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Penalty Abatement

You may be surprised to learn that even the IRS can offer a measure of grace, otherwise known as penalty abatement or penalty relief. To abate a penalty is to remove and cancel it after the IRS has already assessed it. In that sense, if you receive notice of a penalty, all may not be lost. Promptly retain and consult one of the IRS Help Attorneys at The Law Office of Beverly Winstead, LLC to see if the IRS may abate your penalty on the terms indicated below.

Penalties Subject to Abatement. Abatement, where possible, has several advantages. The first one is most obvious: you don’t have to pay the abated penalty, and IRS penalties can be substantial. The most-common failure-to-file and failure-to-pay penalties each carry a monthly penalty of five percent of the tax owed for up to a five-month maximum equal to twenty-five percent of the tax owed, although the IRS will not make you pay both penalties at once. Both penalties, though, can qualify for penalty relief, as can other penalties applicable to individuals and businesses. Contact the IRS Help Attorneys to find out if the IRS will abate your type of penalty.

Other Advantages of Abatement. Abatement, where available, has other advantages beyond not having to pay the penalty. One common problem with negotiating an offer in compromise is your inability to pay even the lower compromise amount. The IRS doesn’t generally accept offers that you cannot pay. Penalty relief, though, can lower the compromise amount to within your reach.  When the IRS abates the penalty, it also abates the interest on the penalty. Abatement also ends enforcement action on the penalty, meaning that it can save your property or income.

Abatement Grounds. The tax code permits the IRS to recognize three grounds for penalty relief: (1) reasonable cause; (2) administrative relief including a first-time penalty abatement for new filers and filers who don’t have prior penalties within three years; and (3) statutory exceptions like incorrect advice from the IRS. Reasonable cause can include a death in the family, a disaster that destroys records, or other reasons to show due care in trying to file and pay timely. The IRS, though, requires a timely submission stating facts and showing documentation. A request for penalty relief is just the kind of presentation at which the IRS Help Attorneys at The Law Office of Beverly Winstead, LLC are especially knowledgeable and skilled.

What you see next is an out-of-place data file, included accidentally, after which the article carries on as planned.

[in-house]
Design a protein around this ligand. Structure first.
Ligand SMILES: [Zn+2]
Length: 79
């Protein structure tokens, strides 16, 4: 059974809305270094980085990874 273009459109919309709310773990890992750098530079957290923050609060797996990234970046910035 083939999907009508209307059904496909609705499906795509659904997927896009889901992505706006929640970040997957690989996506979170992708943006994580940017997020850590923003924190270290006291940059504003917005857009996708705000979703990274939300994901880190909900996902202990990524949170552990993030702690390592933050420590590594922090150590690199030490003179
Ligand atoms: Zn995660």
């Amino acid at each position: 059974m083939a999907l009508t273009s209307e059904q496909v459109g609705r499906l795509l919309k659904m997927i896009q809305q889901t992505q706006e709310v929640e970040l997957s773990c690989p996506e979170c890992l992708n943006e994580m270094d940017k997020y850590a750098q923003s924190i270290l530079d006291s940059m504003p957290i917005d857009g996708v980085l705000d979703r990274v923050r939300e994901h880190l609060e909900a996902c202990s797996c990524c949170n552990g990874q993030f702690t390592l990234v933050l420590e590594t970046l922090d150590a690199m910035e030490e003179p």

Avoiding Criminal Penalties. You should take care to treat an IRS civil penalty with the seriousness it is due, whether you can qualify for penalty relief or not. Most penalties are civil; you resolve the penalty by paying it with interest. The IRS, though, has tax-code authority to charge as crimes the willful evasion of assessments or payments, certain forms of fraud and false statements, interfering with IRS enforcement, and aiding and abetting these crimes.

The lesson is not to let a civil penalty pass unnoticed and unaddressed. Seek the penalty’s abatement. Keep your financial house in order. Act promptly to retain one of the tax-expert IRS Help Attorneys and call The Law Office of Beverly Winstead, LLC now at (301) 306-1234 or contact the firm online to pursue your penalty relief.










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